To: Scott Sandall, David Lifferth, Jack Draxler, Edward Redd, Curt Webb, Jacob Anderegg, Justin Fawson, Gage Froerer, Jeremy Peterson, Dixon Pitcher, Brad Dee, Mike Schultz, Paul Ray, Curtis Oda, Brad Wilson, Steve Handy, Stewart Barlow, Timothy D. Hawkes, Raymond Ward, Becky Edwards, Doug Sagers, Mike Kennedy, Lee Perry, Fred Cox, Sophia DiCaro, LaVar Christensen, Craig Hall, Johnny Anderson, Eric Hutchings, Jim Dunnigan, Daniel McCay, Kim Coleman, Earl Tanner, Bruce Cutler, Steve Eliason, Ken Ivory, Keven John Stratton, Robert Spendlove, Richard Cunningham, Greg Hughes, John Knotwell, Melvin Brown, Kraig Powell, Scott H. Chew, Kay Christofferson, Brian Greene, Derrin Owens, Val Peterson, Bradley Daw, Keith Grover, Jon Stanard, Dean Sanpei, Norm Thurston, Francis Gibson, Michael McKell, Marc Roberts, Merrill Nelson, Kay Mciff, Brad Last, John Westwood, mnoel, Lowry Snow, Don Ipson, Susan Duckworth, Sandra Hollins, Rebecca Houck, Joel Briscoe, Angela Romero, Brian King, Mark A. Wheatley, Patrice Arent, Carol Moss, Lynn Hemingway, Marie Poulson, Brad King,
Subject: Senate Bill 189
Date: Thu Mar 10 17:44:30 MST 2016
Thank you for your consideration of Senate Bill 189.
The death penalty is an important issue that should be debated and where interested individuals, families, and groups should be given the opportunity to give input. Other than the one hour hearing Wednesday night in the house subcommittee, this has not occurred. We are concerned that this bill has been rushed through this session with no real vetting with victims, law enforcement or other interested groups. On an issue this important, this is not fair to victims, the public, or the legislators who ultimately will have to make a difficult decision.
The Utah Council on Victims of Crime opposes SB 189 for the following reasons:
1. Victim's family are generally in favor of the death penalty, otherwise the state doesn't ask for it. That is generally true even after explaining the length of appeals.
2. Very few death penalties are handed down (9 on death row), but in cases where there is compelling and conclusive evidence that a defendant committed a crime, having the option of the death penalty is a good option for victims. In these cases the death penalty can be sought or be taken off the table for a less severe, but more expedient conclusion to a case in which a defendant pleads guilty to murder and agrees to a sentence of life without the possibility of parole.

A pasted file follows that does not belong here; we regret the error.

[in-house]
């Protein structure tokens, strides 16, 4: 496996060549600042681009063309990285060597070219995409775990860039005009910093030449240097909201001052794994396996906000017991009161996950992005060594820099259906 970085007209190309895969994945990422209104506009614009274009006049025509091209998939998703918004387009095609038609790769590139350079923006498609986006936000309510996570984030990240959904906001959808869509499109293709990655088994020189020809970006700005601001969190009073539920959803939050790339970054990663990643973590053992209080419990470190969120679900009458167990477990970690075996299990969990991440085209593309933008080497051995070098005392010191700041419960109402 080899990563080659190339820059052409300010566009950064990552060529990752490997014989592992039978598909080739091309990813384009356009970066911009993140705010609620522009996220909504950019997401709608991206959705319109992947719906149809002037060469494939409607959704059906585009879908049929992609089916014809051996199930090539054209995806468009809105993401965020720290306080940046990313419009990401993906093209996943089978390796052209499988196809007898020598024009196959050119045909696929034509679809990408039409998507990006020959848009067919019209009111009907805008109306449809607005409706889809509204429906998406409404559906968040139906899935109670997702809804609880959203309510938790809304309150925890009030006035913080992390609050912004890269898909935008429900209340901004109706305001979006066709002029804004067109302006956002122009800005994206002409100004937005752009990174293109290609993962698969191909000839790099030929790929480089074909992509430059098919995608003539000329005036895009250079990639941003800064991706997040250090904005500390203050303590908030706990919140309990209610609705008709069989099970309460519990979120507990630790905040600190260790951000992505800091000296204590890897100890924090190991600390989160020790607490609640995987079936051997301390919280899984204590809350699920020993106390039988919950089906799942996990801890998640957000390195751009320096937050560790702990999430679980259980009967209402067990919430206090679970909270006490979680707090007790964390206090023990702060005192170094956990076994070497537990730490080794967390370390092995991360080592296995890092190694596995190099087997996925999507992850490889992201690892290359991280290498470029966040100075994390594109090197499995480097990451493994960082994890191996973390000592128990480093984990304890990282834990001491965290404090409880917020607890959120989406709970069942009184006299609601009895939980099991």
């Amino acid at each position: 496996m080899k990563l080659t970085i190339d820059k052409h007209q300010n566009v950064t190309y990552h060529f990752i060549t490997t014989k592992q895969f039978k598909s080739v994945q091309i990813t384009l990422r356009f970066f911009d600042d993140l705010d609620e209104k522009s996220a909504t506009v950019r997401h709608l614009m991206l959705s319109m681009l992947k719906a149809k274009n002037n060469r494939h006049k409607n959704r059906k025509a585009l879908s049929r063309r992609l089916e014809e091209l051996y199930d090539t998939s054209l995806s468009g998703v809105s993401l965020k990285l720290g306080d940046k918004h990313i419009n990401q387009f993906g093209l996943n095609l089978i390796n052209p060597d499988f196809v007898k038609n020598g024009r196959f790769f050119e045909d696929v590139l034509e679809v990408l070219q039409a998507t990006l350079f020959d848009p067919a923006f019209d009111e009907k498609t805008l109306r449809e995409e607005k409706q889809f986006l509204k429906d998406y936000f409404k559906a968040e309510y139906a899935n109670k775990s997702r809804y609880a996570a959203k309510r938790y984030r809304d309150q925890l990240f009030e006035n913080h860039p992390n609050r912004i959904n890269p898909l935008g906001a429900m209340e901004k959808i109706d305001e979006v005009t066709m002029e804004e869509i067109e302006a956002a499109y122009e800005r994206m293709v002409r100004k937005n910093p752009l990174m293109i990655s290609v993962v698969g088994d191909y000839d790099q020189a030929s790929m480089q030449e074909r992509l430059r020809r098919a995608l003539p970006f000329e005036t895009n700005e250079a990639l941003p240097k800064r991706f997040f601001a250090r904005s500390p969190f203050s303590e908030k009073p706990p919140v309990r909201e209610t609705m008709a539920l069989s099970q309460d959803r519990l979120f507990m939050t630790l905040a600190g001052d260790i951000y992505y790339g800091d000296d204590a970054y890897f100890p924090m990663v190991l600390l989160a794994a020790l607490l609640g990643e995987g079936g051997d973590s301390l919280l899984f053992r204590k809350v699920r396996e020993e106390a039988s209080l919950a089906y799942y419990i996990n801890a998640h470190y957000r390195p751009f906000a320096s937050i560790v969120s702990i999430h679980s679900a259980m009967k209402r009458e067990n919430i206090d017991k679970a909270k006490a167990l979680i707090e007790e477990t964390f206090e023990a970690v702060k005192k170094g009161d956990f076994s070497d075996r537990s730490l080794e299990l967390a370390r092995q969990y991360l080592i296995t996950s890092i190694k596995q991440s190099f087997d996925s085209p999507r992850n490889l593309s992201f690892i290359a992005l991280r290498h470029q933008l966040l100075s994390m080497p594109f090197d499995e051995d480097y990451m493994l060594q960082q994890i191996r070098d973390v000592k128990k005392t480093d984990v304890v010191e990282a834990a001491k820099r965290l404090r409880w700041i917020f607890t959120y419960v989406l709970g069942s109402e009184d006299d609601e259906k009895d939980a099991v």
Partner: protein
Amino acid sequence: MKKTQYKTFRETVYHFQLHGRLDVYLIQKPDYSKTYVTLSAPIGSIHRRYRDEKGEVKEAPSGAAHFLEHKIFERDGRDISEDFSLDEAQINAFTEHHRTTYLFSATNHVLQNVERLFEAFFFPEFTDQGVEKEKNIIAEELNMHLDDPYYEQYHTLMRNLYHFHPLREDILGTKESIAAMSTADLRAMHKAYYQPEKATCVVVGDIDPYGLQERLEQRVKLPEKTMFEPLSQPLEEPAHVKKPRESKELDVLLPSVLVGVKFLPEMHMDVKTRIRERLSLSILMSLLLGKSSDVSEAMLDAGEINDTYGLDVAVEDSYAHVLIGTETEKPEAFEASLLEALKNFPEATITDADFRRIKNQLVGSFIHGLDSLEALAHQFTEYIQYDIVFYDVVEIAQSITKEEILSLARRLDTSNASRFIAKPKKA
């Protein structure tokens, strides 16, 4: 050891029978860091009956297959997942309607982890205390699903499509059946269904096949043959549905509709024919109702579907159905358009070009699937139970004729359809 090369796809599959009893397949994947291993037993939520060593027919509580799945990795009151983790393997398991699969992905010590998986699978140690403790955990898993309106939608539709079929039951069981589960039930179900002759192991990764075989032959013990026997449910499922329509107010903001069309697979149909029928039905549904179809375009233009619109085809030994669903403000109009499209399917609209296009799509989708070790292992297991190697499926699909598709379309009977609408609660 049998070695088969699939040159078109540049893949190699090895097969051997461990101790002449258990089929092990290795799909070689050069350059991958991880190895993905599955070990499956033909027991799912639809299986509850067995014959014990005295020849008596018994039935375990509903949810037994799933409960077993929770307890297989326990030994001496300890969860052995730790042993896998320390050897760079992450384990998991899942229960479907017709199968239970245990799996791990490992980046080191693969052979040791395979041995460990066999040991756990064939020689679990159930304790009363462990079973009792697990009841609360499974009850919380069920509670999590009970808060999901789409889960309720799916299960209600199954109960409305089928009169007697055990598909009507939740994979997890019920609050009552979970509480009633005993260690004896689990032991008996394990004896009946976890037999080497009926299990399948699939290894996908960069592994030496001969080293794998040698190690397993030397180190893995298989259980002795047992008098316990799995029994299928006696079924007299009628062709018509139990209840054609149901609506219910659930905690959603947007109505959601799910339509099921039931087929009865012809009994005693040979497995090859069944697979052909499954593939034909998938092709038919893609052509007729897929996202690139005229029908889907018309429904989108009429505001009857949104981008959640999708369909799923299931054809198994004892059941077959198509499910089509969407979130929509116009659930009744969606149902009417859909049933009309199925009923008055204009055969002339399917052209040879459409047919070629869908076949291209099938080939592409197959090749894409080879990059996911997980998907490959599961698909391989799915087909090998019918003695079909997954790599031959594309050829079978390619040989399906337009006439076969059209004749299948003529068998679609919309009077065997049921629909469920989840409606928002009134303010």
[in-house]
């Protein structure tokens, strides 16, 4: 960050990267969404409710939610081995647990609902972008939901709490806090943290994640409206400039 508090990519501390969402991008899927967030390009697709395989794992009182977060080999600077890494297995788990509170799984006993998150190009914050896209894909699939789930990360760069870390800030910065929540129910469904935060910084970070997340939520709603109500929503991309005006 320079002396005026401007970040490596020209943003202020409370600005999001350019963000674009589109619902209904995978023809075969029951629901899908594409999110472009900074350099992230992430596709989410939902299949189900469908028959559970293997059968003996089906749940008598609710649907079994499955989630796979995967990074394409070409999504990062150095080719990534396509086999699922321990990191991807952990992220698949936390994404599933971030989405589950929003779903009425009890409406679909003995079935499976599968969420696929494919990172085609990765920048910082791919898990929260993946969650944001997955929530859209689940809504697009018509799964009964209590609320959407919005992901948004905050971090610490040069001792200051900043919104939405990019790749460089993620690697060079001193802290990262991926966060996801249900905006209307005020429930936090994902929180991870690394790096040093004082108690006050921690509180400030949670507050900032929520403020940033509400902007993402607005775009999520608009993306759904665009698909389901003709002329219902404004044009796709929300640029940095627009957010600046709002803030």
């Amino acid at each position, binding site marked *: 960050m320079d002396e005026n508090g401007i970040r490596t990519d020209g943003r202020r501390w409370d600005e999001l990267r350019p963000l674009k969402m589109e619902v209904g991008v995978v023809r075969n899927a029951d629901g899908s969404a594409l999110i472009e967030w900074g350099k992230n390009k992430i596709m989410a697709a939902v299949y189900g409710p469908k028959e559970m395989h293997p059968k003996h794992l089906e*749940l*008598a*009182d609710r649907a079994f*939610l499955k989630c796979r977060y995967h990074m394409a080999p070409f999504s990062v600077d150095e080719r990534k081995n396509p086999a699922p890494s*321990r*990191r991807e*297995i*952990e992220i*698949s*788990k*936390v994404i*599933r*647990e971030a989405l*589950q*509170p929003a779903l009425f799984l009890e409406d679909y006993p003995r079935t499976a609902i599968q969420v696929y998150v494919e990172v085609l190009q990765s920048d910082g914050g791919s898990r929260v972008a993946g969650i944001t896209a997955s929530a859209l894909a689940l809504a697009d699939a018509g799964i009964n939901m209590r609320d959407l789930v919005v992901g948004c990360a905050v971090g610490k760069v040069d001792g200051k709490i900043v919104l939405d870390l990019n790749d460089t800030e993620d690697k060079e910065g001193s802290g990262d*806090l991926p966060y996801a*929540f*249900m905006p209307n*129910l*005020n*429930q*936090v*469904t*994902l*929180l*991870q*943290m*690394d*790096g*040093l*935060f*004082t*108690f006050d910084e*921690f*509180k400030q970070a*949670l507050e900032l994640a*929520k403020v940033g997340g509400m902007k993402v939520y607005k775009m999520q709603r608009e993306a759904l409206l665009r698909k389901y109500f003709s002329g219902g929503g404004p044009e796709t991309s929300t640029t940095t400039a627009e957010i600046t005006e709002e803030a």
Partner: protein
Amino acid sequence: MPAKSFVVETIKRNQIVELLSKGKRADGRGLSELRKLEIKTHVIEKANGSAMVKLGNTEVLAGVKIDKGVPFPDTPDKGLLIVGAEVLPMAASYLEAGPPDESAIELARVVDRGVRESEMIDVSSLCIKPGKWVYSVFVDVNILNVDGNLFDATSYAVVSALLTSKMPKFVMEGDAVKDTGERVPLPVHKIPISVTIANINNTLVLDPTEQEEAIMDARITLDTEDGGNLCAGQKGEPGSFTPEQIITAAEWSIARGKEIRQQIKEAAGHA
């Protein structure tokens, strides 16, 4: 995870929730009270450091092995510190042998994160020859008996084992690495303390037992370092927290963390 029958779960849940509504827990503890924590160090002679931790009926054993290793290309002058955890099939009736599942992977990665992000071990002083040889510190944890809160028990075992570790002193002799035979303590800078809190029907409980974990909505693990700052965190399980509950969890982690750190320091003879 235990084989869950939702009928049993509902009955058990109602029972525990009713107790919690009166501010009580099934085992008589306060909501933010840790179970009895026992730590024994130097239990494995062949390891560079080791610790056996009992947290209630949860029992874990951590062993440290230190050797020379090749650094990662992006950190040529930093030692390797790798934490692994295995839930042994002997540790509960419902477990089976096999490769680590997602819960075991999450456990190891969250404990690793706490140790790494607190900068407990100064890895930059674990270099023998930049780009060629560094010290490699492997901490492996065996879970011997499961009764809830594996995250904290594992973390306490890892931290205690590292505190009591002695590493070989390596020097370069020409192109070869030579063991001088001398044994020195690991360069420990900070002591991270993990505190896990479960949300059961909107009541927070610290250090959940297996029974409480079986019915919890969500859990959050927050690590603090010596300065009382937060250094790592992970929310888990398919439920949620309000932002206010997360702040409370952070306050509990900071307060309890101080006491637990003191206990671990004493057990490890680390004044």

3. The financial analysis of the death penalty vs. life without parole (LWOP) has shown that LWOP convictions overall can cost the State more than death penalty convictions.
4. LWOP does not guarantee that the offender will not kill again. We have two people on death row who have murdered another person (that is 22% of our death row inmates). The death penalty is especially needed in these cases to deter continued killing.
5. Some offenses are so heinous that they call out for the death penalty to be imposed. The appeals are exhaustive and the State has not put to death any innocent defendants. We don't have any innocent people waiting for the death penalty in Utah -- they are guilty of capital homicide.
6. Victims of murder in Utah desire the death penalty to remain in place as an option for the most horrific murders committed.
I would be happy to answer any questions you may have.
Thank you for your consideration of this important matter.
James M. Swink
Utah Council on Victims of Crime, Chair